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After June Flooding, Northwest Iowa Town Considers Flood Protection Options

Courtesy of Sioux County
An aerial view of the flooding in Rock Valley in June, taken by a Sioux County EMS drone.

Weeks after heavy rain damaged about 80 homes in a northwest Iowa town, officials are looking into installing permanent barriers to protect buildings from future flooding.
City of Rock Valley officials are considering installing concrete flood walls or building dirt mound structures called earthen berms along the Rock River to help the city withstand flooding.

City Administrator Tom Van Maanen says an engineering firm is assessing the costs of both options. The city will also need to work with property owners to acquire easements for the structures.

“That’s really the hard part, when the flood water goes down, having people remember what a disruption it became to their property and how working with the city we can create a permanent solution for them,” Van Maanen said.

Van Maanen says he is hopeful the city could build a barrier along the Rock River Corridor in the next three to five years.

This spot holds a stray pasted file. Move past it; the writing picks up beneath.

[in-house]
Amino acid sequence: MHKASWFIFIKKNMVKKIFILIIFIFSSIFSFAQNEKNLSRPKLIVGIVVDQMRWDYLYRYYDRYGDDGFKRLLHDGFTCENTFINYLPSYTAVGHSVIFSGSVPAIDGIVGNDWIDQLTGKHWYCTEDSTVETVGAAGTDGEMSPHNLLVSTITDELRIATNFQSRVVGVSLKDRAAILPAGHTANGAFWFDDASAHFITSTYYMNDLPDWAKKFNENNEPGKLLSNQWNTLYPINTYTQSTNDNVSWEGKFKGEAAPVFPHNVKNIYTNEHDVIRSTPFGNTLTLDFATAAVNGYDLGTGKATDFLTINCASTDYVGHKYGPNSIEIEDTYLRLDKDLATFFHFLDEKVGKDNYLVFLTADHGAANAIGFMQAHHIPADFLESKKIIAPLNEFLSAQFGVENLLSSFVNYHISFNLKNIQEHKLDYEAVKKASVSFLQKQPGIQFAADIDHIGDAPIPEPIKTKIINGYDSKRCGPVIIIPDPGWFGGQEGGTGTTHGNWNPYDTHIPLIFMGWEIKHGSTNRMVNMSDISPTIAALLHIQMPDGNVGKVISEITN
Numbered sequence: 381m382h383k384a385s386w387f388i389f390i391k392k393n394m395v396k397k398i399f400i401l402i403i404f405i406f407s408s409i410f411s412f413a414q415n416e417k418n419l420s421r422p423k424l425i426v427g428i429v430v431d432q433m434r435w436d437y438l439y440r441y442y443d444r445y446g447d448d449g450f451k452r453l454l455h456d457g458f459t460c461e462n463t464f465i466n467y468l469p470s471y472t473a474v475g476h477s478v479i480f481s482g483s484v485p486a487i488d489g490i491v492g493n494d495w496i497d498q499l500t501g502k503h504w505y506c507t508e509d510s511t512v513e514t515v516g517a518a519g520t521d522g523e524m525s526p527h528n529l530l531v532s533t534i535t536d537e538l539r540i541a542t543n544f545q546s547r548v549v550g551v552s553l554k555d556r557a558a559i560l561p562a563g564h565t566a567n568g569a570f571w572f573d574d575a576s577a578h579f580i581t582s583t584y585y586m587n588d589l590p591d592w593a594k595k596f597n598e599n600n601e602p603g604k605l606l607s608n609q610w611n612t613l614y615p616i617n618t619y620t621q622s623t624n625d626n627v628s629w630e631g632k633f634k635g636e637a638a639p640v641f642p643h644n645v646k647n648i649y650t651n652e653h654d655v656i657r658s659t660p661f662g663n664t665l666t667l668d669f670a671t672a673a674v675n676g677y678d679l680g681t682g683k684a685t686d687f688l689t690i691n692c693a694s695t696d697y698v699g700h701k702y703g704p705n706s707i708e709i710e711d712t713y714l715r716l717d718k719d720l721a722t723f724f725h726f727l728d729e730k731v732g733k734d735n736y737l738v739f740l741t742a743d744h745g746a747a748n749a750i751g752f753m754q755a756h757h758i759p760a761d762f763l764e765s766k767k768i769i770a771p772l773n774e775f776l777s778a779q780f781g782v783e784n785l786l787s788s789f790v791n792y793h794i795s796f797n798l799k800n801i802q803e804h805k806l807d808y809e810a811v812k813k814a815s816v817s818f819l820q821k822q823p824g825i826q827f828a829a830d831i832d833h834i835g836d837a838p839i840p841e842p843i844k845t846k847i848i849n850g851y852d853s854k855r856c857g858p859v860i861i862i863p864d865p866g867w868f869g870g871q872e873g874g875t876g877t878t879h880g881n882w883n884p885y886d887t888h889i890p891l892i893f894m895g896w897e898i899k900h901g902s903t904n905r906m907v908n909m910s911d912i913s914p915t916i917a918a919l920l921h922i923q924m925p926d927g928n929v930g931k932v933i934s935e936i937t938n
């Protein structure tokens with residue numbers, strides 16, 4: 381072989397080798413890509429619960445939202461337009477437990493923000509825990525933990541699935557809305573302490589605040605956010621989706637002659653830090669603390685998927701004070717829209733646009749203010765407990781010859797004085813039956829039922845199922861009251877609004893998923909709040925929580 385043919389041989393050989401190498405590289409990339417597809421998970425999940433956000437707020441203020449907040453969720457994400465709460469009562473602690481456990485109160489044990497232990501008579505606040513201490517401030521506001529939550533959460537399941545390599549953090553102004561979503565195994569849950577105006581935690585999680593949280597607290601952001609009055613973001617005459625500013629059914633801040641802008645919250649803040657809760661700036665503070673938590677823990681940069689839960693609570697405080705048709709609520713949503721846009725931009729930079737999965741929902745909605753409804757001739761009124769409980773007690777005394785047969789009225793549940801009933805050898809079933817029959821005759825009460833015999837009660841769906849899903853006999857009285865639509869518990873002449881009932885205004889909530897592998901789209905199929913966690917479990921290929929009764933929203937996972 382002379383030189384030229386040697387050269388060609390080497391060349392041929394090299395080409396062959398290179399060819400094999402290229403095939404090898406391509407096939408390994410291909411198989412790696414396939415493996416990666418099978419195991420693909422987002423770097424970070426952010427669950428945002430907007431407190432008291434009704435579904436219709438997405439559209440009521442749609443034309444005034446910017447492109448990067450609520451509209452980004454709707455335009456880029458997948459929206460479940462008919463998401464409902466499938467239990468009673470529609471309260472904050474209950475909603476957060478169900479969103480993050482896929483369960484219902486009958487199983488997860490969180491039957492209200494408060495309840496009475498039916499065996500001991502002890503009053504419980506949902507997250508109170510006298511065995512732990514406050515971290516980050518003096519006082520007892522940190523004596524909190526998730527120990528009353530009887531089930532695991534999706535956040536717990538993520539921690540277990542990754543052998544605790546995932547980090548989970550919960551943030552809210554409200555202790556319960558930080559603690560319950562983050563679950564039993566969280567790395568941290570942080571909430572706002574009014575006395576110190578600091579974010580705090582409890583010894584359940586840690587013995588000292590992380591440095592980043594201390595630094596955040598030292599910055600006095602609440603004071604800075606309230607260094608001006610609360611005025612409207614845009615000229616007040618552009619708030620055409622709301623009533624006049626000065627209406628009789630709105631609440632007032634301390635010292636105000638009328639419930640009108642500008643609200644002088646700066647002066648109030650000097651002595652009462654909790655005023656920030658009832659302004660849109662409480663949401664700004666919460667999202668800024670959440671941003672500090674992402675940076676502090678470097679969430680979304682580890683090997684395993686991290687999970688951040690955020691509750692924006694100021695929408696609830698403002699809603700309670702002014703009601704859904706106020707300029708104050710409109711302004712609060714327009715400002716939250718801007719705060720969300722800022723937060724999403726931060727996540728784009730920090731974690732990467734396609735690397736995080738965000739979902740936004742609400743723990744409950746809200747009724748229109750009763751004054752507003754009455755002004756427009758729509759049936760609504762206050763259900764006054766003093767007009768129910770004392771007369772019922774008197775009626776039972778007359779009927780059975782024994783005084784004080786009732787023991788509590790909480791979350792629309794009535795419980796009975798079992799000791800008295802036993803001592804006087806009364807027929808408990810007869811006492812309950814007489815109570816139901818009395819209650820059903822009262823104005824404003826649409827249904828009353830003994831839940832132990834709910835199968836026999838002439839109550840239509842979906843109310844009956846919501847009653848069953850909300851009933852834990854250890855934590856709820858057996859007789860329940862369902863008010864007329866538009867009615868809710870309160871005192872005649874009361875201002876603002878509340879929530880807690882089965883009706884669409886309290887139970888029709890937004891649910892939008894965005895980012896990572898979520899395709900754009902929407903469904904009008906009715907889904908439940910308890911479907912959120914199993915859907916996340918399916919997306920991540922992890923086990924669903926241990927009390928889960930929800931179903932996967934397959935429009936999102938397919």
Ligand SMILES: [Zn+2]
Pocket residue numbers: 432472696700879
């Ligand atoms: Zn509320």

In late June, the Rock River area received heavy rains, leading to what Van Maanen called “the second highest flooding on the Rock River” in recent years.   The city saw a similar extreme flooding event in 2014.

"Maybe this is the new norm." -Rock Valley City Administrator Tom Van Maanen

“We were hoping when the 2014 flood happened, and being that it was so much higher than any previously recorded number, we were hoping it was kind of a once in a lifetime event,” he said.

“As we quickly learned four years later, maybe this is the new norm.”

Van Maanen said during that flooding event, the city laid out sandbags to protect the area and built barriers that cover about 15 percent of where they would like to see permanent berms installed in the future.

While the city was dealing with flooding in late June, 32 rail cars derailed nearby, spilling about 230,000 gallons of crude oil into the Rock River.

The city shut off its drinking water wells and used an interconnection with a rural water system while officials conducted testing for traces of crude oil. About a week later, the city’s water system was up and running again, Van Maanen said.

The city continues to test its water once a month to ensure no petroleum or any other products associated with crude oil have entered the well system.

Katie Peikes is IPR's agriculture reporter